The technological scope to make plants adapt to climatic change was presented as a hopeful defensive measure to address the issue of continuous escalation in global warming, in the backdrop of the inevitability of rising human population debilitating the capacity of green cover to absorb carbon dioxide emission, at the inaugural of the four-day International Conference on Climate Change and Bioresource (ICCCB – 2010) at the Bharathidasan University.

Ram Rajasekaran, Director, Central Institute of Medicinal and Aromatic Plants, Lucknow, presented the optimistic perspective to a gathering of delegates comprising scientists, researchers and industry representatives from various parts of India and other countries including Singapore, China, Iran, Korea, Malaysia and Turkey.

There has been progress in genetic engineering of plants to adapt to heat/stress conditions, Dr. Ram said explaining the activities of serine-threonine protein kinases in plants, in his key-note address at the conference organised by the Department of Biotechnology.

Though climate change is a natural phenomena , global warming caused by human inducements like industrial pollution and green house gas emissions have led to melting of glaciers and rise in vector-borne diseases. Climate is determined by temperature and precipitation. The extent of temperature determines life on earth, he said, observing that a rise in temperature by two degree centigrade in the Indian context will cause enormous agricultural losses since 60 per cent of the land is rain-fed.

Dr. Ram received the first copy of the abstract volume on the occasion from Delhi-based Neem Foundation’s Chairman, Ramesh C. Saxena in the presence of Vice-Chancellor M. Ponnavaikko and conference convenor S. Sivaramakrishnan.

Dr. Ramesh said that the earth with a human population of 6.7 billion has a carrying capacity for 10 billion provided the bioresources are used in a sustainable way. He was hopeful of creating an effective impact through the conference that will deliberate on various issues including biodiversity, conventional agriculture to combat climate change, food security implications of climate change, and organic farming.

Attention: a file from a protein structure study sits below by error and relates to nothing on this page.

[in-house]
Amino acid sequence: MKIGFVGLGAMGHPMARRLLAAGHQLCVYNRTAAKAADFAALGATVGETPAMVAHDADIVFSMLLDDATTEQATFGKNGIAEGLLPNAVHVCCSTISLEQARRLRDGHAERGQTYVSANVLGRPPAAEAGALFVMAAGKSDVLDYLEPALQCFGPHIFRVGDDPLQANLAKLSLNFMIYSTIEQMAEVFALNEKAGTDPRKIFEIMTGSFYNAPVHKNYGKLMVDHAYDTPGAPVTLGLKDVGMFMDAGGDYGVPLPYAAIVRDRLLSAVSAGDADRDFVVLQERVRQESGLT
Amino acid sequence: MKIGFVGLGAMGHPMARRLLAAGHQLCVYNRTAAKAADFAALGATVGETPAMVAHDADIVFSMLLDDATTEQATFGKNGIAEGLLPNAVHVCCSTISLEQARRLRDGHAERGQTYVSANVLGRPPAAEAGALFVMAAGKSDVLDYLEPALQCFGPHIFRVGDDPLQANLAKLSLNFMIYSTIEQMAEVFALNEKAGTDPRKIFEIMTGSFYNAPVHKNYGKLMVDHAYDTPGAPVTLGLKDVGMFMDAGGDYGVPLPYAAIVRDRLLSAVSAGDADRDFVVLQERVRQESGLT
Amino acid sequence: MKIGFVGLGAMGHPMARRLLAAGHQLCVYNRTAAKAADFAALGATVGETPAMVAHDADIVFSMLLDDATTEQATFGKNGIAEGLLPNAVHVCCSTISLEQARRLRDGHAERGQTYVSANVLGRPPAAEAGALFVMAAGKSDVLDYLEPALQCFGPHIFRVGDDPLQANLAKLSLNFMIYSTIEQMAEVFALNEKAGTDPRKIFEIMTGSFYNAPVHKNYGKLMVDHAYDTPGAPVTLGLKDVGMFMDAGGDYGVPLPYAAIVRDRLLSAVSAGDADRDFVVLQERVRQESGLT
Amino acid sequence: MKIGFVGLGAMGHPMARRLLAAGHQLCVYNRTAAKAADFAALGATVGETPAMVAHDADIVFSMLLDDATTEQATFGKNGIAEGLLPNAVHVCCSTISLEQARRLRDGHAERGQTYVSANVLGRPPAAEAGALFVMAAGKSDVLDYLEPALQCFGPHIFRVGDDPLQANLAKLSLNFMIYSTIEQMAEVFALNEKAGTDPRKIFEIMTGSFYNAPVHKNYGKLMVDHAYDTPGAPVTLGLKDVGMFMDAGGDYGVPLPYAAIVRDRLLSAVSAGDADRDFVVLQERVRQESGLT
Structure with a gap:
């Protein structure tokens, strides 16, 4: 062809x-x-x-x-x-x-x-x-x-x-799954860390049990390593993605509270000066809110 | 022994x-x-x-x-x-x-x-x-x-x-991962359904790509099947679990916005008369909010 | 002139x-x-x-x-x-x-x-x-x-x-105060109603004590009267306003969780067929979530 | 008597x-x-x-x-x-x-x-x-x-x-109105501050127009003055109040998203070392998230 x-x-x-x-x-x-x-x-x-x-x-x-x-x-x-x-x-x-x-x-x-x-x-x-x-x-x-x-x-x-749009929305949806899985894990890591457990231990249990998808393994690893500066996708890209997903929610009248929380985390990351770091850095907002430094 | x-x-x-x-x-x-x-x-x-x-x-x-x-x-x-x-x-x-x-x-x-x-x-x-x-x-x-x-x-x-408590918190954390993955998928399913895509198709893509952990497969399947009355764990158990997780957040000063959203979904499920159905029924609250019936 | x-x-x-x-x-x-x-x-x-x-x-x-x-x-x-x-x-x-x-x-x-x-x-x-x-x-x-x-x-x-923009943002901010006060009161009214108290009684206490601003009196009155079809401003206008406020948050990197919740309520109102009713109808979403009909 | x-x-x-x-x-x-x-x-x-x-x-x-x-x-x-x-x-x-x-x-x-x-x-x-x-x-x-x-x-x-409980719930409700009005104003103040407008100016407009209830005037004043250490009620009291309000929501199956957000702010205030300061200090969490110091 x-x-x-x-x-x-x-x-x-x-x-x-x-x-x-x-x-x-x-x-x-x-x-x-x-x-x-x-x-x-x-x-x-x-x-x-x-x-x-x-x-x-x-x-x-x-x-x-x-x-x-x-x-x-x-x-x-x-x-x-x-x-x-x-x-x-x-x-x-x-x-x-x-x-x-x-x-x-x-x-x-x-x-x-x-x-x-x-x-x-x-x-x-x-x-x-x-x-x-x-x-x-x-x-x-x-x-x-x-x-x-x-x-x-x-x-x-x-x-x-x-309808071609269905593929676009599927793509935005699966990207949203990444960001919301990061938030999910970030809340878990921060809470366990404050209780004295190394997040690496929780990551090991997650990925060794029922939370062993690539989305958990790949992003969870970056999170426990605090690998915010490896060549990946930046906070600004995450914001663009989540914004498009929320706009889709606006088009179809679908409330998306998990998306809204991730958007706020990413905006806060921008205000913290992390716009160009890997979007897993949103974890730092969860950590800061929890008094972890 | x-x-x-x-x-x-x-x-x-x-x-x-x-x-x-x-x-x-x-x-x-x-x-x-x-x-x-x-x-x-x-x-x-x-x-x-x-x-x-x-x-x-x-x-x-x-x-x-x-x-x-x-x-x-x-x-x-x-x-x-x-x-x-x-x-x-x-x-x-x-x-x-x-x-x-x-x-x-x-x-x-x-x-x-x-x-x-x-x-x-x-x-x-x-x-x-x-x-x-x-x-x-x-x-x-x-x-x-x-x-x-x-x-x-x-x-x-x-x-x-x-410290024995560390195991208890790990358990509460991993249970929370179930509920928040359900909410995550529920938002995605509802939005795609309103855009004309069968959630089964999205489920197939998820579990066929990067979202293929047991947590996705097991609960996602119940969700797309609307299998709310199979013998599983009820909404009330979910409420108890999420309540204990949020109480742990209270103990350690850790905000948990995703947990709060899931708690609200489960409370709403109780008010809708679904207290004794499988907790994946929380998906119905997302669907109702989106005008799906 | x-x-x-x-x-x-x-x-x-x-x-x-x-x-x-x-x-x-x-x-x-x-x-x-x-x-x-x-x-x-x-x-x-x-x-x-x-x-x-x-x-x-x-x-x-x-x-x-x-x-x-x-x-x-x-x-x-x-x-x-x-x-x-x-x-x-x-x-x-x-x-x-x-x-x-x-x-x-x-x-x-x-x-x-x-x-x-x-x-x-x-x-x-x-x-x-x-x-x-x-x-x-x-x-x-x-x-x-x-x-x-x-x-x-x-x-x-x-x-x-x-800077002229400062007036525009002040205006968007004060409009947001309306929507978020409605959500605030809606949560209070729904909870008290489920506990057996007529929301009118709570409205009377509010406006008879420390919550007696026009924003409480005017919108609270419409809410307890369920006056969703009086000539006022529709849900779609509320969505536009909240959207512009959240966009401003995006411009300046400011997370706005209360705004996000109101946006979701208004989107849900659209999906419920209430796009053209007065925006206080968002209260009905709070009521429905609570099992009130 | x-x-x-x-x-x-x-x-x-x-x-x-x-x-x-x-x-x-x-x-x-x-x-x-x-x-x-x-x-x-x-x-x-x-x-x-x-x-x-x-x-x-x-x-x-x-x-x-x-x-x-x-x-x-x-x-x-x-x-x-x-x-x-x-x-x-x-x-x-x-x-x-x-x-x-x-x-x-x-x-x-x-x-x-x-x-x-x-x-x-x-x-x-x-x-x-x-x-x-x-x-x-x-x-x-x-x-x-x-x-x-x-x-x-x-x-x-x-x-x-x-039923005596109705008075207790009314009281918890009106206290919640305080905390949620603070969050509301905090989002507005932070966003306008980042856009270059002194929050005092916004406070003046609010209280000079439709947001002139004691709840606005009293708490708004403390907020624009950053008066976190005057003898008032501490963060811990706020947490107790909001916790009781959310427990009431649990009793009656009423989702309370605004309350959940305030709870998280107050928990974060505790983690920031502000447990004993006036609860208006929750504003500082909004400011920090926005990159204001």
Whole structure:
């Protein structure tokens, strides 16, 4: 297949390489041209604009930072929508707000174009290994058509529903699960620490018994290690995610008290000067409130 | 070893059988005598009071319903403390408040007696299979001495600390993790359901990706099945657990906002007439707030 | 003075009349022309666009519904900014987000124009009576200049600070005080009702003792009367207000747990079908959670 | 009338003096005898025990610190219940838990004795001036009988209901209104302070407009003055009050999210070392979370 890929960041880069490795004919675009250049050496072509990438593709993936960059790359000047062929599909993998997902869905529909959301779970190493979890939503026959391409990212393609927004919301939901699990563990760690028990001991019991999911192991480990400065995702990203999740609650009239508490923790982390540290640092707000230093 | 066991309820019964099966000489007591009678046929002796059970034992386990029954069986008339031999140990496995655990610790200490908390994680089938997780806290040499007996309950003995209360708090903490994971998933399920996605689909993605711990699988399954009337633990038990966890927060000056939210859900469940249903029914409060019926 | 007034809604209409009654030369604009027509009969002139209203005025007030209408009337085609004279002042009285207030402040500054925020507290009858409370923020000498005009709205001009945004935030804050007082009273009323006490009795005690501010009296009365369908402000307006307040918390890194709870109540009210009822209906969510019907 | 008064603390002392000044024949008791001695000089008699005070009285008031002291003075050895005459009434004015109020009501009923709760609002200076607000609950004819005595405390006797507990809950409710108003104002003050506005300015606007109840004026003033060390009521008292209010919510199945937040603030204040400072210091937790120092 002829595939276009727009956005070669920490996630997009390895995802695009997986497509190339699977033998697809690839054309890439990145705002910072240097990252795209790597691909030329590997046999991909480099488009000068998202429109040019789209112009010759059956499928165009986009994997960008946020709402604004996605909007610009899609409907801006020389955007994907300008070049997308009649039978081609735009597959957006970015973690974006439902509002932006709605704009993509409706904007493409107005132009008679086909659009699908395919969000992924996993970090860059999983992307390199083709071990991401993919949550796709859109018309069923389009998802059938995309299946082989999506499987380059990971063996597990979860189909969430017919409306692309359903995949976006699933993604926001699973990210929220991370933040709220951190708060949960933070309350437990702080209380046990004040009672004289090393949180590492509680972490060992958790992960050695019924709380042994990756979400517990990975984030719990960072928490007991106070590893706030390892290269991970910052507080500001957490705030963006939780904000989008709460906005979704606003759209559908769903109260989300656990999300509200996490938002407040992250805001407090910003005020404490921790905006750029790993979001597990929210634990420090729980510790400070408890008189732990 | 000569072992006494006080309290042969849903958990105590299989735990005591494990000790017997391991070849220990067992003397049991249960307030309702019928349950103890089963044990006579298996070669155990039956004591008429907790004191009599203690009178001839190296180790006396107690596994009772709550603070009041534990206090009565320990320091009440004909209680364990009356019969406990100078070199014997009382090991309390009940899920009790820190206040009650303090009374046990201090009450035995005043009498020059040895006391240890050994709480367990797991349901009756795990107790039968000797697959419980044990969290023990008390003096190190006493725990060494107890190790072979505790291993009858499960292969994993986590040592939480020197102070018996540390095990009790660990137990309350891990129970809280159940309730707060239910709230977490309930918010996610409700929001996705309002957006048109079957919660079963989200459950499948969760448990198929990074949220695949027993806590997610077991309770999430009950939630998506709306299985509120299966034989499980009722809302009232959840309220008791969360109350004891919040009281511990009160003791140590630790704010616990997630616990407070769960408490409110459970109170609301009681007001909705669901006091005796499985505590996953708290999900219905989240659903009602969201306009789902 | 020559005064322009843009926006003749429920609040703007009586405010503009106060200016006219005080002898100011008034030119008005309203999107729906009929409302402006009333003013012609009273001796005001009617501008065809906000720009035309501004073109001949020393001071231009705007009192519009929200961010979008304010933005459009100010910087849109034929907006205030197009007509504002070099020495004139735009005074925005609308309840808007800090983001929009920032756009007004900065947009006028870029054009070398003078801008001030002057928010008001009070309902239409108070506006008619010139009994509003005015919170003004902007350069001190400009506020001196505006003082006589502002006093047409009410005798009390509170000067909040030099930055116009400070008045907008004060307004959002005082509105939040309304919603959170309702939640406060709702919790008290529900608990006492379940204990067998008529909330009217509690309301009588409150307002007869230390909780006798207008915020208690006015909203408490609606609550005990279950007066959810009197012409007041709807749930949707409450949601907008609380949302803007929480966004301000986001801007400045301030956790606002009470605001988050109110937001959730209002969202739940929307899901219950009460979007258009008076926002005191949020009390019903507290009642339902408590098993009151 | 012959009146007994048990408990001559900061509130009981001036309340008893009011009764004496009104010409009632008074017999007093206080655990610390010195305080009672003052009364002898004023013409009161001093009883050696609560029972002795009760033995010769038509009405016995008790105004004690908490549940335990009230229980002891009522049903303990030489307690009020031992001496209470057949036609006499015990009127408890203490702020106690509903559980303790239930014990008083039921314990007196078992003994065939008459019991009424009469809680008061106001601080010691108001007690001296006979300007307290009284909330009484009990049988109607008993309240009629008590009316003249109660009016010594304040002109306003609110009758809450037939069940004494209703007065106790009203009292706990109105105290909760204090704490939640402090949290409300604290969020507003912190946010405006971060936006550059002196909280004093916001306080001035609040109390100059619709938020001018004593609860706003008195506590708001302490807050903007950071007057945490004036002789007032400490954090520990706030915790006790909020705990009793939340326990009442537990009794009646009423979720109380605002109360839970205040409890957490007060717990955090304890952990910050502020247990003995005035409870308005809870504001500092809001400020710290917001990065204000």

Citing a finding of the Inter-Government Panel on Climate Change, Dr. Sivaramakrishnan said that carbon dioxide was the major source of pollution and that the global temperature was expected to rise to an extent between 1.4 degree celsius and 5.8 degree celsius by 2100.

The conference will deliberate on recent advances in bioresources and realistic applications for conserving and fostering sustainable bioresource management.

Presiding over, Vice-Chancellor M. Ponnavaikko observed that the earth was slowly dying, referring to the 0.8 increase in temperature for one hundred years from 1906 to 2005. Against the overall average of 0.07 per cent per decade, the average of 0.13 in the last five decades was a distressing scenario. The presence of carbon dioxide in atmosphere has risen from 250 ppm (part per million) in 1750 to 541 ppm at present and was estimated to reach the level of 970 ppm in 2100, he said, emphasising on the need for accelerating the process of expanding green cover.

Department Head A. Ganapathy and A.S. Rao, Professor, also addressed the participants. Over 200 papers focussing on various issues in the management of climate change and management of bioresources are to be presented and discussed during the conference that has been envisaged to evolve strategic plans and policies to preserve and restore completely/partially degraded ecosystems due to climate change.